A small but persistent number of readers of The Masculinity Conspiracy complain that the style of writing is too complex and “intellectual.” On various occasions I have been asked to cut out the jargon, make it easier to read, provide allegedly “real life examples” and so on, which would all bring the text more into line with the kind of self-help books many folks seem to have become conditioned to expect.
The impression seems to be that The Masculinity Conspiracy is an “academic” book trying to pass itself off a something altogether different. But this is genuinely not the case. If you think The Masculinity Conspiracy is academic, you clearly have not read much academic writing lately (which often I can’t figure out either). In particular, in The Masculinity Conspiracy I:
- summarize with bullet points, just like this: and I hate freakin’ bullet points;
- provide numerous signposts in the text reminding readers about the chapter structures and points made elsewhere;
- strip out all unnecessary jargon and academic terminology unless it is genuinely useful;
- cut paragraphs down to approximately one third of what is grammatically reasonable;
- use the occasional emoticon and have the occasional chuckle.
Now in part this just goes to show that you can’t please all of the people all of the time. Most readers don’t find the text too complicated: I have asked numerous people who are not “academic” (whatever that means) precisely this question. If I made it “simpler” I may pick up a few readers, but would probably also drop a few off.
But there is something else going on here. The demand for ever-simpler writing, bullet points, instant insights, micro-summaries and so forth render books incapable of addressing the complexity of the issues at hand. Masculinity is a complex issue: you might think some of the popular writers are writing about it with “clarity,” but they are simply stripping it of all subtlety and nuance. It’s certainly desirable to aim for clarity, but at some point compromise becomes fatal: it might result in a slot on Oprah’s couch, but it will not result in anything useful. Complex issues require appropriately complex handling.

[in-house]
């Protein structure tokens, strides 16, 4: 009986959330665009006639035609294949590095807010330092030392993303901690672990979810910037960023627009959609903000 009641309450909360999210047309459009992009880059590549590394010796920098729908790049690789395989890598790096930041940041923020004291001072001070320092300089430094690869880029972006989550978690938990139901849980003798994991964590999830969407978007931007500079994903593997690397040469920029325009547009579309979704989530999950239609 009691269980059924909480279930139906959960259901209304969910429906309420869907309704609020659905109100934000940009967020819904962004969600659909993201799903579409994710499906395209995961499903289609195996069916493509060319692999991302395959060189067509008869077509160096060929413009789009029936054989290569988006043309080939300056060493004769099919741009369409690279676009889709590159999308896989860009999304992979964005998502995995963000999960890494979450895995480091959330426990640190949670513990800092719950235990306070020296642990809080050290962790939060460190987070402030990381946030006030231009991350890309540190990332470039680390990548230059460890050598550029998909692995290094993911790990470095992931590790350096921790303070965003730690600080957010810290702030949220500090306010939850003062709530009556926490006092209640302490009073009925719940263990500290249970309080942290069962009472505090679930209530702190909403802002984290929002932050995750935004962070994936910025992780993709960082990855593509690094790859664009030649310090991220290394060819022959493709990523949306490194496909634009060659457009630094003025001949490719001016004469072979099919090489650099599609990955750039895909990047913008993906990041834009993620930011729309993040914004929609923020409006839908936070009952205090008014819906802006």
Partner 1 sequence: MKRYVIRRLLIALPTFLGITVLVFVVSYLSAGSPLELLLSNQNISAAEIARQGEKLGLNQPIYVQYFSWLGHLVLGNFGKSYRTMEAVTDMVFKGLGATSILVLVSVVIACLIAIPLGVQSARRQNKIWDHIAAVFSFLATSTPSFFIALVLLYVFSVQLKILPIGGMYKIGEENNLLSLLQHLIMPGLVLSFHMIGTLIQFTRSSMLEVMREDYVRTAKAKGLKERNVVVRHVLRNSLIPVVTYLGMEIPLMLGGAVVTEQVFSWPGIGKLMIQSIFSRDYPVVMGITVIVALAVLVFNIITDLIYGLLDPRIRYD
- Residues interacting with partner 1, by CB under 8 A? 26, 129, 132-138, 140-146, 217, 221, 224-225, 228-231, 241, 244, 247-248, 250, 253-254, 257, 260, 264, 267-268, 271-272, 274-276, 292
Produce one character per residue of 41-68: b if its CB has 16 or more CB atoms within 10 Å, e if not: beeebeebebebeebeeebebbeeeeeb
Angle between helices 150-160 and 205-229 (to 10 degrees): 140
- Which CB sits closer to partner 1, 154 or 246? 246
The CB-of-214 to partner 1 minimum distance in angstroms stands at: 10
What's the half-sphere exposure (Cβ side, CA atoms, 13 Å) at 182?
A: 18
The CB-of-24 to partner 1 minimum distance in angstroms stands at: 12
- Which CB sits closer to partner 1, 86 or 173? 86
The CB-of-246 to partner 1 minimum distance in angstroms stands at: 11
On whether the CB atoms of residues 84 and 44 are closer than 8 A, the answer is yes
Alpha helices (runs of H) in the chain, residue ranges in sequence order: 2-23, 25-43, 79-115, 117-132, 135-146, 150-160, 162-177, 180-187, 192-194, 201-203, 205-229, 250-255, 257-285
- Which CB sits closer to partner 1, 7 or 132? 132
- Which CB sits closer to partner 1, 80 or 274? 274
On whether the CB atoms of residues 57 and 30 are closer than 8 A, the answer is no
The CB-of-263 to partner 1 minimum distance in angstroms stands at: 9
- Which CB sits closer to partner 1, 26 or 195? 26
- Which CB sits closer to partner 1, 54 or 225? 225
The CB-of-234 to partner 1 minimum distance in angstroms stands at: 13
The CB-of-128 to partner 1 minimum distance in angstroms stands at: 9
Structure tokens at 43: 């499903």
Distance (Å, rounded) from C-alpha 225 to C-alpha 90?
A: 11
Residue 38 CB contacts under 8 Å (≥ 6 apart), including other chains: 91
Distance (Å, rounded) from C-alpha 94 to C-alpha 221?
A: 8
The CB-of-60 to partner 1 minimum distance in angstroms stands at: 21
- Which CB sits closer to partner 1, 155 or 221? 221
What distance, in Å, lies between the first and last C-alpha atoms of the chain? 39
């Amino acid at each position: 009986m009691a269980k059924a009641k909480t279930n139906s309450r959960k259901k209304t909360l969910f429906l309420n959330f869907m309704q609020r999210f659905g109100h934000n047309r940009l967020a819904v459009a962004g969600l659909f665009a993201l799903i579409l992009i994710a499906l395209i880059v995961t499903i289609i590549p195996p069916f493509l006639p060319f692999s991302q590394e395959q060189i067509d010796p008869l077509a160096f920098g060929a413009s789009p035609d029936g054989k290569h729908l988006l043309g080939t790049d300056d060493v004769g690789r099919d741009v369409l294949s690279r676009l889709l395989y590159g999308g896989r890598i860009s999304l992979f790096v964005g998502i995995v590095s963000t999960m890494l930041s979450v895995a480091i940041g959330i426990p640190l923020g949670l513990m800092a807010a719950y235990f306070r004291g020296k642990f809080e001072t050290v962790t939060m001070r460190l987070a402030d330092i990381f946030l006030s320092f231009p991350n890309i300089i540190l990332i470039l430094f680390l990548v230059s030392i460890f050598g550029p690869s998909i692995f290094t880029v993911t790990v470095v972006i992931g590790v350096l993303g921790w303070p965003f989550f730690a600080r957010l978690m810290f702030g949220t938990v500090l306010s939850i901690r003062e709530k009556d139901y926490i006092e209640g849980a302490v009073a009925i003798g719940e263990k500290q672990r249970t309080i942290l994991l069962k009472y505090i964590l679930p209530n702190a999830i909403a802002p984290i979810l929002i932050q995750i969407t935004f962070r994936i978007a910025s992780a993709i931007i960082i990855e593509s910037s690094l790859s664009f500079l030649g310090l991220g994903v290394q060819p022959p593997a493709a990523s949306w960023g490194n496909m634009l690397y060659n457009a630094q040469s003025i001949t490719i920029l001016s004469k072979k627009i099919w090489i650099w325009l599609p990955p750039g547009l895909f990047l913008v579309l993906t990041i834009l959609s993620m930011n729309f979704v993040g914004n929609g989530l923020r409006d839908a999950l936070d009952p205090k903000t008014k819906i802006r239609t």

More than this, the status quo critiqued in The Masculinity Conspiracy requires people not to think with appropriate complexity, subtlety and nuance in order to perpetuate its nonsense agenda. So when I hear complaints about the book being too complex, my immediate thought is not that I’ve failed in my task to clearly communicate, rather the reader is showing how far they are conditioned into the conspiracy (a classic example of conspiratorial logic, if ever there was one!).
Instead of meeting the reader behind such complaints fully on their ground, I ask them to meet me half way (as I have already moved from my natural domain into the middle ground). In doing so we collectively claw back some of the critical thinking ground lost in our dumbed-down world. And more than this, I pay those readers the respect they deserve in assuming they are capable of understanding complex issues: an important but increasingly rare gesture.